which is the $Y$-combinator, which is ofc a fixed-point combinator. (Unfortunately, the “SKI combinator interpreter” can’t help as it encounters an infinite loop: Reduction error: over 1000 steps, infinite loop? which is understandable given that there’s no $\beta$-normal form of the $Y$-combinator and if we assume that the interpreter only terminates when there are no more $\beta$-reductions to perform.

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  • $\begingroup$ Your questions seems to be answered below, but I have a question for you: why are you studying S,K,I combinators? What can they do, etc... $\endgroup$ Commented Dec 12, 2021 at 23:51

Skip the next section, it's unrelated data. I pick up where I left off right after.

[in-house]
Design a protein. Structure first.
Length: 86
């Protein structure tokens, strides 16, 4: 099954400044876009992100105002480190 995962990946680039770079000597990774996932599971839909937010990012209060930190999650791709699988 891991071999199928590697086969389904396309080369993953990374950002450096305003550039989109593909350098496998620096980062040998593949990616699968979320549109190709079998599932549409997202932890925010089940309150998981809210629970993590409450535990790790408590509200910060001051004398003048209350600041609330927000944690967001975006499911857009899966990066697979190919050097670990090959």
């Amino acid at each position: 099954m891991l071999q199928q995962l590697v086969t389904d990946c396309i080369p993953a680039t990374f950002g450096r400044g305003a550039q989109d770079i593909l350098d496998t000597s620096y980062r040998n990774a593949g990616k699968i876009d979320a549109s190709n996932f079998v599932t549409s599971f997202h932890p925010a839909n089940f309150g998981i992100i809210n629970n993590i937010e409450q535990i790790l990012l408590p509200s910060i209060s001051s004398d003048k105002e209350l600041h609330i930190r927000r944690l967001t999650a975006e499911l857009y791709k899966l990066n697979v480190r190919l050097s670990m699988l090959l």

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    $\begingroup$ Re: why I’m studying them: I went down a rabbit hole. I was originally studying $\lambda$-calculus, then fixed-point combinators, then … I noticed errors, but wanted another set of eyes to check my work so.I asked this question. Re: the second question: “What can they do?”. I’m not sure — I’m not the best person to answer that. $\endgroup$
    – joseville
    Commented Dec 12, 2021 at 23:56

2 Answers 2

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There is a typo in nLab's page about fixed point combinators, the term $S (K(SII)) (S(S(KS)(S(KK)I))) (K(SII))$ is not a fixed point combinator.